Houston -- Earnings season is upon us and we have a wide selection of low-growth stories for investors to choose from among the largest banks. Why do we say low growth? Well, without the juice from off-balance sheet-financial transactions, and the fictional gains on sale from even more fictional asset securitizations, the large banks are, well, utilities, with single digit equity returns and negative risk adjusted returns on invested capital or RAROCs.
A bank or commercial firm with a negative return on invested capital is, by definition, dead or dying as a business – that is, a zombie from an investor perspective. But that assumes that the investors understand or care about such distinctions. In fact, most Buy Side managers have no idea about the disparate business models of the four largest banks by assets. If you care, then read on.
Let’s go through some of the biggest names in the world of US commercial banks and contrast and compare the Street expectations for these large cap financials. You may want to look at the previous post, “Is the Citigroup Stress Test Rejection Really a Surprise? Really?”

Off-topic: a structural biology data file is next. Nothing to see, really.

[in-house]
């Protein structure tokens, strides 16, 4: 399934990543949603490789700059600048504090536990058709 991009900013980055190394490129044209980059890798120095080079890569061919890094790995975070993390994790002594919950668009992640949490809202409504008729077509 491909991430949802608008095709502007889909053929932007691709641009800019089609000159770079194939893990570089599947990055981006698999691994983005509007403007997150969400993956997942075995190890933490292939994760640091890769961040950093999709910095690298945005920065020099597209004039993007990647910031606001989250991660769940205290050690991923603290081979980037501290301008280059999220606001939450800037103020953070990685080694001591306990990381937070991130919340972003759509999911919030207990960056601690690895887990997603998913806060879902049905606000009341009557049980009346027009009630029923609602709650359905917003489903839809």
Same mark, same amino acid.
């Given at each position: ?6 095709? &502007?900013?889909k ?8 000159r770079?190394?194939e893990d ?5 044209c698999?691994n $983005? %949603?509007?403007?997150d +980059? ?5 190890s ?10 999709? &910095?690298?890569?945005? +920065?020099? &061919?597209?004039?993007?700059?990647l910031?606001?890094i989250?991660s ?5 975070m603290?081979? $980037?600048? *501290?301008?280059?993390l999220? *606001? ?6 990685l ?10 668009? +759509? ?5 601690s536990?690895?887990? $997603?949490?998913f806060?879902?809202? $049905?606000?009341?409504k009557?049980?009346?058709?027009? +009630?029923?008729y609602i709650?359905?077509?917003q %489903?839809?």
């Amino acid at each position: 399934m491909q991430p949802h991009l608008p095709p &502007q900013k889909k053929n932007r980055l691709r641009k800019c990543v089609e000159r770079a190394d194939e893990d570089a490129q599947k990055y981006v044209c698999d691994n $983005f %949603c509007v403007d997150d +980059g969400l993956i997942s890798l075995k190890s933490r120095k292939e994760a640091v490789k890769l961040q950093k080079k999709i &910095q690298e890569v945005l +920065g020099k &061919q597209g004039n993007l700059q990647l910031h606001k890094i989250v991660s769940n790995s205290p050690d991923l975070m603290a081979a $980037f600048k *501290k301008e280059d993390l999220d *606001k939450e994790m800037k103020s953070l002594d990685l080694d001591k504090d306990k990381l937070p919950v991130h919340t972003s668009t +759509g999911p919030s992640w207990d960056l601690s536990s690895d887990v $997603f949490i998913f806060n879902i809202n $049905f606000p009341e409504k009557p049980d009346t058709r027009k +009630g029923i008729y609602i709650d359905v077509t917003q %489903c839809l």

Later this week, we’ll swerve into the unfamiliar realm of “shadow banking.” These non-bank names are actually private companies with private shareholders, whereas the largest commercial banks are effectively government sponsored entities a la Fannie Mae and Freddie Mac.
Regulators and captive members of the academic world like to call private finance companies “shadow banks,” but in reality they are the closest thing we have to private financial institutions in the US economy today. The regulators whine about how they cannot impose prudential regulation on non-banks, but let us recall that the Fed, OCC, FDIC et al let the supposedly regulated commercial banks commit fraud in broad daylight without so much as a protest between 1998 and 2008.
For example, this post on the Fed of New York’s Liberty Street Economics blog refers to “murky finance” in reference to non-banks, yet these same regulators enabled the zombie banks to nearly destroy the global economy during the 2007-2009 subprime meltdown.
Sure, Bear, Stearns, Lehman Brothers and New Century were non-banks, but Countrywide, WaMu and Wachovia were commercial banks. And all of these dead and buried names were playing on the periphery of the big game controlled by the large bank/GSE monopsony.